Whidbey News-Times


Navy will conduct study on jet noise at Outlying Field

By JANIS REID Whidbey News-Times Staff reporter
September 8, 2013 · Updated 5:50 AM

The Navy said this week it will conduct an Environmental Impact Statement for Outlying Field Coupeville and Whidbey Island Naval Air Station on North Whidbey.

While the Navy states that EIS plans have been in the works for some time, members of a Coupeville-based citizen group claim the decision is the result of a federal lawsuit they filed in July against the Navy.

The group, Citizen’s of the Ebey’s Reserve for a Healthy, Safe and Peaceful Environment, or COER, hoped the lawsuit would compel the Navy to suspend training operations at OLF and spur a new environmental impact study.

The Navy suspended operations at OLF in June though the end of 2013.

Though the demands of the lawsuit have apparently been met by the Navy, the group’s attorney, David Mann, said they doesn’t intend to dismiss their lawsuit just yet.

Mann expressed concerns with some of the language in the Navy’s notice of intent, which he suspects indicate that they will be using the most current noise levels as the baseline from which they will do their study.

“What they looked at in 2005 was wrong,” Mann said. “They have to address the existing and additional noise impacts. We are going to wait until we see the scope of what they Navy’s going to do.”

Nevertheless, Mann said, “members of COER are of course ecstatic that the Navy has finally conceded that a complete environmental analysis is necessary. It is unfortunate that it required that we file federal litigation to get the Navy’s attention, but we are pleased that we provided the necessary catalyst for action.”

Ted Brown, the Navy’s Installations and Environmental public affairs officer, said the EIS is part of ongoing Department of Defense strategies and that conducting an EIS is routine when new squadrons are introduced to a Navy base.

The EIS will evaluate the potential environmental effects associated with ongoing EA-18G Growler airfield operations at NAS Whidbey Island’s Ault Field and OLF, including the proposed introduction of two additional expeditionary Electronic Attack (VAQ) squadrons and the addition of three aircraft to the Fleet Replacement Squadron (FRS).

Unlike the additional of three Growlers assigned to the Fleet Replacement Squadron, the two expeditionary VAQ squadrons are land-based squadrons, and therefore are not required to complete touch-and-go training.

Three open houses are scheduled as follows: 4-8 p.m. Tuesday, Dec. 3 at Coupeville High School; 4-8 p.m. Wednesday, Dec. 4 at Oak Harbor High School and 4-8 p.m. Thursday, Dec. 5 at Anacortes Middle School.

“The scoping process will be used to identify community concerns and local issues to be addressed in the EIS,” the notice states. “Federal agencies, state agencies, local agencies, Native American Indian Tribes and Nations, the public and interested persons are encouraged to provide comments to the DON to identify specific issues or topics of environmental concern that the commenter believes the DON should consider.”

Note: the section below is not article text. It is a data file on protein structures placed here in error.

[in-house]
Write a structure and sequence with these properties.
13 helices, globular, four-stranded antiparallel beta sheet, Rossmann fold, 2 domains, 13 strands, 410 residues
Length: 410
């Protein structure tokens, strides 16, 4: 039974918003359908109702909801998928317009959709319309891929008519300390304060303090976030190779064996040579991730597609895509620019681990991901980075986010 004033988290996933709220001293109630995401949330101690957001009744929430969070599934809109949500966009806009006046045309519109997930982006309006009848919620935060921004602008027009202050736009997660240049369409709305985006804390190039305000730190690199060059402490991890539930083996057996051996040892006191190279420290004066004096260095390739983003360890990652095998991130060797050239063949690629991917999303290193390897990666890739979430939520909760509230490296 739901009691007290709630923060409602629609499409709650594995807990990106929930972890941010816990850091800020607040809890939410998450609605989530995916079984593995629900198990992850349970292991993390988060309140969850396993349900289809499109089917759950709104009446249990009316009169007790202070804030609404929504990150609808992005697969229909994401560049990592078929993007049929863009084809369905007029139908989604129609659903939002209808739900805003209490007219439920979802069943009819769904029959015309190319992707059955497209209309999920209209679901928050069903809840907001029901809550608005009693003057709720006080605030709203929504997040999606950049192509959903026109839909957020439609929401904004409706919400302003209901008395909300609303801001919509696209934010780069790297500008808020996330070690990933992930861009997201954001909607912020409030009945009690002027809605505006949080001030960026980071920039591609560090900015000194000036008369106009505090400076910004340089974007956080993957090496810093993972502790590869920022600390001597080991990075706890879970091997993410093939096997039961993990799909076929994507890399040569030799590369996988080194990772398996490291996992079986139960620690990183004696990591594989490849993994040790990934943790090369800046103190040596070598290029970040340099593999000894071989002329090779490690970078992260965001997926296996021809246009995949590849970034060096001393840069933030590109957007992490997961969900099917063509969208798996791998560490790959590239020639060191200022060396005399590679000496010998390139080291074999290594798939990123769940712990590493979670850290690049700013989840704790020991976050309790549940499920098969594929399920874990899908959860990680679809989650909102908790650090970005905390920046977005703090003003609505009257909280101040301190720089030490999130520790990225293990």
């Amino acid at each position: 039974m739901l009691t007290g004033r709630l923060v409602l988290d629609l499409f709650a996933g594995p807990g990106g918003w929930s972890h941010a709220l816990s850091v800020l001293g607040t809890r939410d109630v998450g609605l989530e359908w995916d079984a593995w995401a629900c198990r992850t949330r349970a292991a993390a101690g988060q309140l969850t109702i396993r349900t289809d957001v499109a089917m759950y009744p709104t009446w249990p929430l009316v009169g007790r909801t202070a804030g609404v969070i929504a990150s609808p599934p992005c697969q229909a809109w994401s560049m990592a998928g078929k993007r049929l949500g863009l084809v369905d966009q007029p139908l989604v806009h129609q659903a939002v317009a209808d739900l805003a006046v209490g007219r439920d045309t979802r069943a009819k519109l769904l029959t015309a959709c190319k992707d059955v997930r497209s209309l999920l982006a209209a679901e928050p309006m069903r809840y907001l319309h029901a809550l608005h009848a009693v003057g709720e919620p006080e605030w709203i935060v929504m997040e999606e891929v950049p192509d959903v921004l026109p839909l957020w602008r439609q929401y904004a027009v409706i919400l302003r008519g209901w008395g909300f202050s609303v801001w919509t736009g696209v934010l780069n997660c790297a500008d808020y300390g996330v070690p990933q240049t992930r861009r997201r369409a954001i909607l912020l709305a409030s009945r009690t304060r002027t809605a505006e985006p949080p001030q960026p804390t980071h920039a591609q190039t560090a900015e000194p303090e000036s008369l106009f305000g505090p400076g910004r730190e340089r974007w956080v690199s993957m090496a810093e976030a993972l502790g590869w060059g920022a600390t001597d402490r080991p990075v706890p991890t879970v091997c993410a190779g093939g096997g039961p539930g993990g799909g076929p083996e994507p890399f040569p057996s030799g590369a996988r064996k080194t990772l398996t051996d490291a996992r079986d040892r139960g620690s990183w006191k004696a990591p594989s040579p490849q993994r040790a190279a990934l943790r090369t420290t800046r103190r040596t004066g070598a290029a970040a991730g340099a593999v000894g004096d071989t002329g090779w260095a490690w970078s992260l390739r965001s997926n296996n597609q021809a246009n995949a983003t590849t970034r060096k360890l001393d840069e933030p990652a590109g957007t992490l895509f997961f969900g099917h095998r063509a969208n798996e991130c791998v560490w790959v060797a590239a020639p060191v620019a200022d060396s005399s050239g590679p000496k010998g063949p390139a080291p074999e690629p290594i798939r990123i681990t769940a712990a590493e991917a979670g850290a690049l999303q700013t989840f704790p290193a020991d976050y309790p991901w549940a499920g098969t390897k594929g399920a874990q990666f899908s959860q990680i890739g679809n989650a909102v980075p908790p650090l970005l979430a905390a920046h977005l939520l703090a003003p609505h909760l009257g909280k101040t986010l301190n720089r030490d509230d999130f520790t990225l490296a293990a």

The Department of the Navy said environmental analyses were completed in 2005 and 2012 when the base was looking at replacing the EA-6B Prowler with the new Growler, and that the studies are part of an ongoing effort to evaluate and expand the base.

The Navy also intends to look at constructing and renovating facilities at Ault Field over a three-year period and station an additional 860 personnel and their families.

Ken Pickard, president of the Coupeville citizens group, said in a prepared statement that things appear to be “going well” and that both the suspension of operations at OLF and the EIS are a product of the group’s lawsuit.

“Interestingly, immediately after getting sued the Navy suspended all flights at OLF Coupeville through the end of 2013,” Pickard said. “So, they have not flown here since May and what a blessing it has been, our homes are habitable, our gardens able to be visited and worked in and all are so thankful to have this break and enjoy our homes and national park here.”

The group has retained aviation attorney Barbara Lichman to develop “additional actions we might be able to take against the Navy and Island County …”

Pickard said the group is also on the verge of retaining an airport safety engineering firm to do “a crash/risk analysis on OLF due to hundreds of homes being located in the crash zones at either end of the OLF runway. Their preliminary take is … it is very dangerous. Shame on the Navy for risking our health and lives while claiming to protect us.”


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